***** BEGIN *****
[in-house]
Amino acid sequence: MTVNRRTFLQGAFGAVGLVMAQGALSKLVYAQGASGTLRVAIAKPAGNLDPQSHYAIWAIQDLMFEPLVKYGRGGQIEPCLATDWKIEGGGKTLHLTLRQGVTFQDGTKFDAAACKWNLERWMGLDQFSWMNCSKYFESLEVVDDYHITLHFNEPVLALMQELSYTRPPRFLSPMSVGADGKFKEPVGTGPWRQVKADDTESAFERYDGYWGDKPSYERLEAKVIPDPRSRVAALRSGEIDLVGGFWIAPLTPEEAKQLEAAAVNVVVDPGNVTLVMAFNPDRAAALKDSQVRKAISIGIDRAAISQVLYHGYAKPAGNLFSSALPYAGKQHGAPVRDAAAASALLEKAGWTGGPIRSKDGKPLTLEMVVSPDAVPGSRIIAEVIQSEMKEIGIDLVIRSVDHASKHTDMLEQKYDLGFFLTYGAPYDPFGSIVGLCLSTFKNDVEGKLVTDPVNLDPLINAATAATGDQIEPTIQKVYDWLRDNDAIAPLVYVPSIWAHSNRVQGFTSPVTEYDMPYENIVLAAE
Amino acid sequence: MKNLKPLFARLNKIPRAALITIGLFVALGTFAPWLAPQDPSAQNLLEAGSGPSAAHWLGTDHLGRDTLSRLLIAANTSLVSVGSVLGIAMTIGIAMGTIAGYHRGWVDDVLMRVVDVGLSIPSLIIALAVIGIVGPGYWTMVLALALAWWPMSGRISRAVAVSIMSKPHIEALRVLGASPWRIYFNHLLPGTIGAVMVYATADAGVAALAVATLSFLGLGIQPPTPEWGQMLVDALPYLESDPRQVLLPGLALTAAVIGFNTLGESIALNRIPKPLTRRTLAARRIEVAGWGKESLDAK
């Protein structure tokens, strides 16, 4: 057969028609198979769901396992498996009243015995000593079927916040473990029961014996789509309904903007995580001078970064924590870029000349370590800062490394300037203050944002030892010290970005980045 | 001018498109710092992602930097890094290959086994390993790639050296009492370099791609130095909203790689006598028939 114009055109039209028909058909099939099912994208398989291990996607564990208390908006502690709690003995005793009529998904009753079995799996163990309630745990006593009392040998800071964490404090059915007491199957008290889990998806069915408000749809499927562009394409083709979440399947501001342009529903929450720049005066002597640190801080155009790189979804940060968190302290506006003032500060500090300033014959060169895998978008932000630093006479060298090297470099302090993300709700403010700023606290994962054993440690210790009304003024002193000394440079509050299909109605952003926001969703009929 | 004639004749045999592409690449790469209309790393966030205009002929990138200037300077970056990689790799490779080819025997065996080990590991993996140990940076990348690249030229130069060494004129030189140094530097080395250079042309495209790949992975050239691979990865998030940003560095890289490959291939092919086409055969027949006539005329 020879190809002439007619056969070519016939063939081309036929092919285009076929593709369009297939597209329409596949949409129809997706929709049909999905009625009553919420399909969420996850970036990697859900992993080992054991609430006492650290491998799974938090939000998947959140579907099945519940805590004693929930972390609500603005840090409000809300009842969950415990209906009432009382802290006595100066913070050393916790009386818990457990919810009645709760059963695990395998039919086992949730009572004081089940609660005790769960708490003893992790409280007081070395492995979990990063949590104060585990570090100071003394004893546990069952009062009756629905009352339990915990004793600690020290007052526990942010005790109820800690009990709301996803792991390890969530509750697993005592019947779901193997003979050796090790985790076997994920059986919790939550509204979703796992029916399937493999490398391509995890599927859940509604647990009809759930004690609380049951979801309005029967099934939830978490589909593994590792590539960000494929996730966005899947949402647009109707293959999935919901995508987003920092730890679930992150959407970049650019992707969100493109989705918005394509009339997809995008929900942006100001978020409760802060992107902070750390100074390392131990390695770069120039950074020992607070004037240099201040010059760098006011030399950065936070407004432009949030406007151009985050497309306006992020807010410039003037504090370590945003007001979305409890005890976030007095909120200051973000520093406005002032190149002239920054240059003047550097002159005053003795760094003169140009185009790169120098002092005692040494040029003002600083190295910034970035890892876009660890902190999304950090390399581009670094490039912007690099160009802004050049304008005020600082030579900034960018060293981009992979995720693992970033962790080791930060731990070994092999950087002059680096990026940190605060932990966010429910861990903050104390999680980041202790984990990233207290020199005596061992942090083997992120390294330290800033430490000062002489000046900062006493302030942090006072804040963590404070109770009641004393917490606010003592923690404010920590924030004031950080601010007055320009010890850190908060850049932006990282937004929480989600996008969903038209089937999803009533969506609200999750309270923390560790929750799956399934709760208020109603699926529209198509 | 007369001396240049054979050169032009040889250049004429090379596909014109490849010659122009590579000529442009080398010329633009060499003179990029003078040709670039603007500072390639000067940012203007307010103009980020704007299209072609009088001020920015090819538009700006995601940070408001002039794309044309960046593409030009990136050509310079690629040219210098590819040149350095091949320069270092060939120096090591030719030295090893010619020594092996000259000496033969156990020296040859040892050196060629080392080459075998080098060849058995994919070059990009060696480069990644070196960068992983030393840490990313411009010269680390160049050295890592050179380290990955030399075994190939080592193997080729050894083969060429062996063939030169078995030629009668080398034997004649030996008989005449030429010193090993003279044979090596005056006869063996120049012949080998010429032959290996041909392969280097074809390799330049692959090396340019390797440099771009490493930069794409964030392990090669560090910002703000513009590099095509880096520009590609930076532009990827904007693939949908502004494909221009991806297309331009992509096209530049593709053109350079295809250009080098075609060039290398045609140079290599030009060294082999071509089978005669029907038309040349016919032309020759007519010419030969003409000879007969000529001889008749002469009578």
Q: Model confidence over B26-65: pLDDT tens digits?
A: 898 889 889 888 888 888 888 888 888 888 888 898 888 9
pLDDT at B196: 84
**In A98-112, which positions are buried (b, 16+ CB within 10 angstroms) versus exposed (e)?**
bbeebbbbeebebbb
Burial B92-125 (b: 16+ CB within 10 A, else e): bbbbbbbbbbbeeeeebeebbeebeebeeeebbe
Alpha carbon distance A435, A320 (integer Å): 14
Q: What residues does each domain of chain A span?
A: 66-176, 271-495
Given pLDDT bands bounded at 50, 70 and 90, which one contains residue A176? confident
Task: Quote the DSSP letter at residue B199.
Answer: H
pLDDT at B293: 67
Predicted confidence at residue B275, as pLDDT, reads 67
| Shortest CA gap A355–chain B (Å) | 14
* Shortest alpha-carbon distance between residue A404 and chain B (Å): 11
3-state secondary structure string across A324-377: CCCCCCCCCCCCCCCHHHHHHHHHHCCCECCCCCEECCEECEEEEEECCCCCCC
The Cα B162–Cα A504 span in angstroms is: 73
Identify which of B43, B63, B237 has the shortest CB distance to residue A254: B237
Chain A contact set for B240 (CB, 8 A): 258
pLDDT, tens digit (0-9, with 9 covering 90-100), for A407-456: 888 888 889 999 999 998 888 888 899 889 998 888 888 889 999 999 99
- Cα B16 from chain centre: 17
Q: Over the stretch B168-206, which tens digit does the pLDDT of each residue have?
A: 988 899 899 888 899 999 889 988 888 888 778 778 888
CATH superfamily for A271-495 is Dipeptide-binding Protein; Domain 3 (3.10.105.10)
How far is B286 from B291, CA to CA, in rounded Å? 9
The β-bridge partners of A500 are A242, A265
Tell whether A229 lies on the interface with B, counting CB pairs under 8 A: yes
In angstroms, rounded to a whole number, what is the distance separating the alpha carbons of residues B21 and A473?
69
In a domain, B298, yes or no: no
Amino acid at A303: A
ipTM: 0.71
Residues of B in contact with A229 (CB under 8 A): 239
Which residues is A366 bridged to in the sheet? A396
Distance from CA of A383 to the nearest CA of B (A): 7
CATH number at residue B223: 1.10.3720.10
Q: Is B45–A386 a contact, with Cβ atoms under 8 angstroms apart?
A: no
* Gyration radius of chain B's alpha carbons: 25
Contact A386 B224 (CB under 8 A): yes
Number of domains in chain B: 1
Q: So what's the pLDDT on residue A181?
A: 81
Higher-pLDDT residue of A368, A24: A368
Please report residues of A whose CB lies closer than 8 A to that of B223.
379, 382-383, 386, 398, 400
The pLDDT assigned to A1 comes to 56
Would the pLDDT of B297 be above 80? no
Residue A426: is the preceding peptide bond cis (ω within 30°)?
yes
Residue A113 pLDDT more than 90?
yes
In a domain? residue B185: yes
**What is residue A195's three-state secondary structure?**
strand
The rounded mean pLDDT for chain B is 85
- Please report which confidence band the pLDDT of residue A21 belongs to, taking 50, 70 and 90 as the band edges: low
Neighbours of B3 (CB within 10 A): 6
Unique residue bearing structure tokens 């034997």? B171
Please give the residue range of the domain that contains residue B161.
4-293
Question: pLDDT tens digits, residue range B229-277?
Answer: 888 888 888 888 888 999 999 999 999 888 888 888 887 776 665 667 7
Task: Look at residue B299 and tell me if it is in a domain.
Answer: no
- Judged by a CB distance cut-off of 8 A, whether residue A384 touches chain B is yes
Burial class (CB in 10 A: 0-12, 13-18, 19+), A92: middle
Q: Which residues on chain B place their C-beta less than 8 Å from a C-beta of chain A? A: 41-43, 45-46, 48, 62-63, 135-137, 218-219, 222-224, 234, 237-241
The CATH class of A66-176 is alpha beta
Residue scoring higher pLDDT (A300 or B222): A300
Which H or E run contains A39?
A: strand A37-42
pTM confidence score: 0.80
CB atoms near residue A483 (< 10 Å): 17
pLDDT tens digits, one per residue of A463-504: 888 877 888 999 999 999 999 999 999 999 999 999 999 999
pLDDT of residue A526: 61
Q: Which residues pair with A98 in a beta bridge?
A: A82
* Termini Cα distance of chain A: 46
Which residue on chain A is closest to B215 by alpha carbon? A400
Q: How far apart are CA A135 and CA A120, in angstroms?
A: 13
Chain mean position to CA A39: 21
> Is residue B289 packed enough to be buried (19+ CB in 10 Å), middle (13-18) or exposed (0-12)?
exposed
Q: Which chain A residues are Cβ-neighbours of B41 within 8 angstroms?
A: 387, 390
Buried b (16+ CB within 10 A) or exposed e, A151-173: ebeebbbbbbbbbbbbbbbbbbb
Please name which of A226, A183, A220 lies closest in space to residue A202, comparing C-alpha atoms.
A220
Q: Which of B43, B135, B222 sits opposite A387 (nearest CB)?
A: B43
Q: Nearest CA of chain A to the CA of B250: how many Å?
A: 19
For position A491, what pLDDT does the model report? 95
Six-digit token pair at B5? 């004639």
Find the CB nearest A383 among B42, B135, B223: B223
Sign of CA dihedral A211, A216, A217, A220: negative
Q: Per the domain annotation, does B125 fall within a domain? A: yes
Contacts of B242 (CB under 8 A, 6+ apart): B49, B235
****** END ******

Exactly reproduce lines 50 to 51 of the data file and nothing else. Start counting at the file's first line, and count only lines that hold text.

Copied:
Please report residues of A whose CB lies closer than 8 A to that of B223.
379, 382-383, 386, 398, 400